[sws_green_box box_size="515"] This course offers insight from Transracial Adoptees to help you prepare for your child. [/sws_green_box]
Also, thankfully, time is on your side to learn how to navigate the conversations that are bound to come up when you move outside the little cocoon of your home. Being out in public – as a conspicuously transracial adoptive family – will likely steepen the learning curve for you. But here are a few tangible things you can do now to prepare yourself during the wait:
- Begin building relationships in communities of your prospective child’s birth culture
- Join transracial adoption parent groups – online or in-person – to listen and learn
- Visit cultural events of your prospective child’s birth culture – dig into art, music, food, worship communities, etc.
- Find a mentor or an experienced mom to a child of color and build a relationship in which it is safe to ask questions, seek help, and be gently corrected when you get it “not quite right.”
Trying these things now, while you are waiting, will help you feel more comfortable continuing to learn as your child grows and faces the issues himself. If you aren’t a member yet in our online Facebook community, please come and check us out!
Am I Capable of Parenting a Child With Prenatal Exposure?
(Or with special needs? Or with a family history of inheritable mental illness?)
This fear goes straight to the core of every parent’s desire to protect their child from the hardest stuff that the world has to throw at them. In your efforts to be a prepared, educated parent, you are likely reading about the impact of prenatal exposure, early trauma, and all sorts of other scary issues. You might even feel the fear mounting inside you as you are reading this. Hang in there and by all means, keep reading!
It’s pointless to ignore this fear. Doing so will not make the painful truths of prenatal exposure, neglect, abuse, or other trauma go away for you or your baby. Instead, summon your courage and face it head-on.
One way to disarm your fears is to reach out to professionals who can offer you their knowledge and expertise. As one of our community members, Ian, shared,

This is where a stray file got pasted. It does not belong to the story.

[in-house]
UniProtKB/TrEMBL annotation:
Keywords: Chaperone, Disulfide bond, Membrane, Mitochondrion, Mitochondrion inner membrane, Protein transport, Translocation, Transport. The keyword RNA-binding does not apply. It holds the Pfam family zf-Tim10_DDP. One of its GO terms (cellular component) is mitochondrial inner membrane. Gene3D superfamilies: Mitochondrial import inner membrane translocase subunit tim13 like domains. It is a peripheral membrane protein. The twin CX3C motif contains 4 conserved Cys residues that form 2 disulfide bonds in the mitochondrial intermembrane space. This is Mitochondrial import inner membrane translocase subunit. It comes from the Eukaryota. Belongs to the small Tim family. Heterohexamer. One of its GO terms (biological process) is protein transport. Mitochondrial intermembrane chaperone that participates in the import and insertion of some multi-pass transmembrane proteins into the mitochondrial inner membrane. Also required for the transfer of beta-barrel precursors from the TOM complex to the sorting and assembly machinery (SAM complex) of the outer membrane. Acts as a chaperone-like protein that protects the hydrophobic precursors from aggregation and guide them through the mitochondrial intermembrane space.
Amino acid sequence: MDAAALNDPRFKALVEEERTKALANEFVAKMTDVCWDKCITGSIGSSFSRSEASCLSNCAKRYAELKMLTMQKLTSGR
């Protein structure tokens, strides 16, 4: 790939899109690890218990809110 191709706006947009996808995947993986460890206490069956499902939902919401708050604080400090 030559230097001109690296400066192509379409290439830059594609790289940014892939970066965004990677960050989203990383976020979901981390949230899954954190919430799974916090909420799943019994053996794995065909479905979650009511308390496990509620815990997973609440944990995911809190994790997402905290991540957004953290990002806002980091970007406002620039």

Early in the process, when we had to indicate what sort of exposure we were comfortable with, we consulted with a couple doctors. They helped us distinguish the differences in short- and long-term effects of different types of exposure. It had the effect of calming us down. As for mental illnesses, we consulted a number of experts, and listened to a Creating a Family podcast, to help understand the differences in severity and treatability.
Robyn, another parent in our community, suggested that you gather as much information from the expectant mother as possible about issues of prenatal exposure, family health history, and other health risks. But she also wisely cautioned that this is a “pretty delicate” line. Your agency or attorney can help you find a balance in seeking information, as it’s also important to be respectful of the expectant parents’ time and space with the baby before the adoption.
Knowledge is Power
As you can see, the recurring theme in facing your fears during your adoption is education! We at Creating a Family believe that knowledge is power. So we love it when our community echoes that in their advice. Facing your fears with education, resources, supportive relationships, and even some practice are all opportunities to exercise your parent advocacy muscles. Equipping yourself while you wait will set you up for a more successful adoption experience when your little one arrives.
Image Credit: Jeff Laitila; jGregor